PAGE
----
If “HTTP Error 404: Not Found” is something that you’re far too accustomed to seeing when you’re online, read on to figure out what, exactly, the deal is!
We’ve all been there, before. You’re making your daily rounds online, visiting sites that you traffic frequently. Maybe you’re reading news, the most recent movie reviews, or checking out links provided by friends on your social media feed. The situation matters less than where it leads you — to a blank screen that most certainly is not the website that you wanted, and words similar to HTTP Error 404: Not Found. Unless you know how to decipher the meaning of those numbers (which we’ll help you to do, below) there’s no indication as to what you’re supposed to do if you want to resolve this. Or why you weren’t able to get to the online content that you wanted.
Like we mentioned, you get a 404 error when the web page you’re trying to get to doesn’t exist. It’s called a 404 error because that’s the HTTP status code that the web server uses to describe that kind of error. Different websites might show you different kinds of custom pages when you get this error.
Websites might also use slightly different names for this error. For example, you might see things like:
- 404 Resource not found
- Error 404
- HTTP 404
- 404 Not Found
- Error 404 Not Found
- 404 Page Not Found
- 404 File or Directory Not Found
They all mean the same thing. Above, you can see Google’s 404 error page, and the top of this article, you can see How-To Geek’s own custom error page. Some 404 error pages might even provide you with suggestions for finding what you’re looking for or ways to navigate to other parts of the site.
Also as we said above, the Error 404: Not Found message isn’t limited to any one browser or operating system. Windows, Mac, Linux — it doesn’t really matter which you use, or what browser you prefer. The error codes that you encounter online are determined by your connection and the sites that you’re trying to access, not anything else.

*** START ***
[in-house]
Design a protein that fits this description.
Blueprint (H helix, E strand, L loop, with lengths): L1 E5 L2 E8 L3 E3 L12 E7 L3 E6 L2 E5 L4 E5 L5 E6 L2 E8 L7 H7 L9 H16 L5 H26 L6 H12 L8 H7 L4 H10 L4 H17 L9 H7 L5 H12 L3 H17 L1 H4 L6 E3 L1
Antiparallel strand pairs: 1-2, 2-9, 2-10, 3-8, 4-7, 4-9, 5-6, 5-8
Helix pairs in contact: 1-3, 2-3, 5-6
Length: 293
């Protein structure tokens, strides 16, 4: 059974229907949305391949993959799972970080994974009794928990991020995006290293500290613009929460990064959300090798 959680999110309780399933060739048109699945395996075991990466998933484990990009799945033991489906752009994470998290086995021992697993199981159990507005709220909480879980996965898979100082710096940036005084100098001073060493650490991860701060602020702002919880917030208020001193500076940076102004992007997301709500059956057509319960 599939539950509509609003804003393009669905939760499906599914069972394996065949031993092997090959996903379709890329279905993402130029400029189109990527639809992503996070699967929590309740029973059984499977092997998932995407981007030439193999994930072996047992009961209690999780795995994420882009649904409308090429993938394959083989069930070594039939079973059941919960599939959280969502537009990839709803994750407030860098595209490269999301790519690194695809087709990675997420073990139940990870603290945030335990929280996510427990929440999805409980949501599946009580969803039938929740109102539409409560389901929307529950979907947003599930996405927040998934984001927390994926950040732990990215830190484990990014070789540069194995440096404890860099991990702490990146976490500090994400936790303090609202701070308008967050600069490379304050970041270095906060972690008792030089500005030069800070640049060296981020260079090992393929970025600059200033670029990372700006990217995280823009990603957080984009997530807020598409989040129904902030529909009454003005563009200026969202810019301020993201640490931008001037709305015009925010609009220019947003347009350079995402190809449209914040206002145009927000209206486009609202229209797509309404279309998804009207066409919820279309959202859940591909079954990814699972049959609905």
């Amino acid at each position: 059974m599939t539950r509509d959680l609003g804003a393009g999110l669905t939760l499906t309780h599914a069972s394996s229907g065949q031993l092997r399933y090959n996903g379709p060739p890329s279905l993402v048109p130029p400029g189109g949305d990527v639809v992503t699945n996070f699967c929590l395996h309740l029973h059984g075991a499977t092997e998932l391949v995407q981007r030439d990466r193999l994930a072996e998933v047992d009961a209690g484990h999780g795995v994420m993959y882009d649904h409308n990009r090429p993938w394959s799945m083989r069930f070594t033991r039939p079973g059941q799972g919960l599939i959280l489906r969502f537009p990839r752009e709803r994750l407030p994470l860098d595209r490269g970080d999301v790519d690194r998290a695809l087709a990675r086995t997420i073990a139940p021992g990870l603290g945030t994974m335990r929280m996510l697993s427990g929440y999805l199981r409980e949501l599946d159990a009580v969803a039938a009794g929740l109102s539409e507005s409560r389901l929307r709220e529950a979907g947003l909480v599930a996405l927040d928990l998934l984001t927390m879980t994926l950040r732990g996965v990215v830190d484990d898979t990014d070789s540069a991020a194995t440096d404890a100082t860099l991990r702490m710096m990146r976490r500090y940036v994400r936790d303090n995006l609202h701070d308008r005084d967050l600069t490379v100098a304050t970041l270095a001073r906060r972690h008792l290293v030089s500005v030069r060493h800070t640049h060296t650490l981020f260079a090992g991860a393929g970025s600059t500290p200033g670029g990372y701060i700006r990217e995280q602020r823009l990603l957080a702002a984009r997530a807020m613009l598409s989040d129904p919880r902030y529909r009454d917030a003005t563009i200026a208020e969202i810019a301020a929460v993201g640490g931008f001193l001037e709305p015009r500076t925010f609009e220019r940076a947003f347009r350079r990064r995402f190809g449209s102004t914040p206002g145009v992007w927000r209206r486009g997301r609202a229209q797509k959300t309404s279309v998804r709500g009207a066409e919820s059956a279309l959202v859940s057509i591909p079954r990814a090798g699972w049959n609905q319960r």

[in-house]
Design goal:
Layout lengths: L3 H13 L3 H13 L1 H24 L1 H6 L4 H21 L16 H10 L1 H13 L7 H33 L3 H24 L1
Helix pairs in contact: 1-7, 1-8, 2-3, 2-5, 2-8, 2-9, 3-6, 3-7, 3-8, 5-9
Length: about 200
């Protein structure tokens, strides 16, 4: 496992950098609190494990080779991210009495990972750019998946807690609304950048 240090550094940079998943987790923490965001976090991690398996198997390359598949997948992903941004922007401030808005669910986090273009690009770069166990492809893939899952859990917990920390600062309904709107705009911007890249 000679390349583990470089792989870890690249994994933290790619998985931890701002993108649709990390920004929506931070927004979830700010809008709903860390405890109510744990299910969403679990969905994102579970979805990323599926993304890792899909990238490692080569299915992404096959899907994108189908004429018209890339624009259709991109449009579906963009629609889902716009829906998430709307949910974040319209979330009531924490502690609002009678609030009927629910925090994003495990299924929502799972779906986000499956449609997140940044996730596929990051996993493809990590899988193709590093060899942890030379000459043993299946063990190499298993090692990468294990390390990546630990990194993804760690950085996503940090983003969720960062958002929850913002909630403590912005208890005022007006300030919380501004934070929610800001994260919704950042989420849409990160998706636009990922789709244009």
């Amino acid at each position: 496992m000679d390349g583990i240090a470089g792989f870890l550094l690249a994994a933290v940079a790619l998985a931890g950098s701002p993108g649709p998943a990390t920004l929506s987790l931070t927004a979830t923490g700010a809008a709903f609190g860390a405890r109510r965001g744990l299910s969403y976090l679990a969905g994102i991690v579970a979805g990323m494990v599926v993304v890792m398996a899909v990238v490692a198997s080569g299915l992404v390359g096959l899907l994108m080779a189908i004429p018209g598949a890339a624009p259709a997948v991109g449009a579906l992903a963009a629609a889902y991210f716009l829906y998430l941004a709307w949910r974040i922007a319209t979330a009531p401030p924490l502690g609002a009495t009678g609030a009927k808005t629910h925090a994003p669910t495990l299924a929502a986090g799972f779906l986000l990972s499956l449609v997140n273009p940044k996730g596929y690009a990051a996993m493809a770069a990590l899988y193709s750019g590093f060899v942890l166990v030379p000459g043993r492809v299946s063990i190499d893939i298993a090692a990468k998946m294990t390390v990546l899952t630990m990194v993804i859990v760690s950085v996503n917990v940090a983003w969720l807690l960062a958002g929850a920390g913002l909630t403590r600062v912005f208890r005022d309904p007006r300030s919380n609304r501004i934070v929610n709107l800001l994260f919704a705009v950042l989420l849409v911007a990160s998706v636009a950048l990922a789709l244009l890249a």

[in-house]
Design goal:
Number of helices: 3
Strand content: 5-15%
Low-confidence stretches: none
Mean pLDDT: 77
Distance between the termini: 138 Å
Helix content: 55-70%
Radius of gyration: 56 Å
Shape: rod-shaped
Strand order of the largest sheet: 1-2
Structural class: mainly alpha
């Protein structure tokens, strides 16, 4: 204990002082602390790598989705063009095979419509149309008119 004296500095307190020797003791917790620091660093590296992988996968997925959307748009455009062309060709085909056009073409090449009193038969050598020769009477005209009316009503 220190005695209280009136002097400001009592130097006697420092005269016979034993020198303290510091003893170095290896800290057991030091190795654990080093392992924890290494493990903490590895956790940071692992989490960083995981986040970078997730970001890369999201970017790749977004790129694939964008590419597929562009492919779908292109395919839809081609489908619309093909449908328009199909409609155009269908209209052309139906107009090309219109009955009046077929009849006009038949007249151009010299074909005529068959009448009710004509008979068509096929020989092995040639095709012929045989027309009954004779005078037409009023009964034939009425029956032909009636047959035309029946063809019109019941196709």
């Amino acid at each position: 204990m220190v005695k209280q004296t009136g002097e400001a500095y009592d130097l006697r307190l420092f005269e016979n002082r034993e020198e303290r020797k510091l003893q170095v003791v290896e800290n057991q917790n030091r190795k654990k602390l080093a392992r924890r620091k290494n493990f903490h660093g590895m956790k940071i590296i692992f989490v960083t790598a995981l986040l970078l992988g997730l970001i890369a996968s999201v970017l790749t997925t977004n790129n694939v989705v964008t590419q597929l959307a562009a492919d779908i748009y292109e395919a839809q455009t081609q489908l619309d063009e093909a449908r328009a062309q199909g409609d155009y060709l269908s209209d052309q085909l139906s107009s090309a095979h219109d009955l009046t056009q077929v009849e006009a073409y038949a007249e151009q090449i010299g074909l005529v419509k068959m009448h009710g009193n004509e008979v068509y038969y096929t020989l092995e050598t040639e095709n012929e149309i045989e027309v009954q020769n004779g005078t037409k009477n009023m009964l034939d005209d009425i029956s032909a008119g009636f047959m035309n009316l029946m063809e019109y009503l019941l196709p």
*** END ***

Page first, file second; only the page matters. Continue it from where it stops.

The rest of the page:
Your ability to resolve this error is limited, but there are a few very simple steps that you can take which might work. Do understand that if it is a fault of a site’s administrators, the only surefire way that you’ll be able to fix it is to hunt down the new URL of the site that you’re trying to find, or contact the administrator directly.
- First, try re-entering the URL. If you made any mistakes in typing it, which will obviously prevent you from getting to the correct site! Make sure that the URL is accurate, first and foremost.
- Next, if you still get an Error 404 message, try working your way up the URL. For example, if a URL consisted of http://www.website.com/real/apple/pie, try omitting the /pie from the URL, followed by the /apple. This is just an example, but if you work your way through the site structure, it should land you on a site that isn’t delivering a 404 error.
- Try using a search engine to find that site that you’re looking for. If it was moved without being given a redirect, this is a method you can use to find the new URL.
- Clear your browser’s cached data (which is something that you should do on a regular basis, anyway).
- This is quite a longshot for resolving a 404 Error, but try resetting your modem and router. Unplug each for 30 to 60 seconds, and once they’ve rebooted completely, try to connect again.
- Use a different DNS registry. Changing this can be a little bit tricky for those who aren’t knowledgeable about web connectivity, but detailed instructions can be found here
Last but not least
The very last step that you can take is to contact a site’s administrators directly, either by way of a link on their website or a social media presence, like Twitter. Apart from this, the Error 404: Not Found obstacles will inevitably remain quite frustrating — which is usually a firm prompt for admins to step in and fix it if the fault is truly on their end. Hopefully, our above steps have helped to show you how to fix this particular problem. If you have any remaining questions, be sure to let us know in the comments below!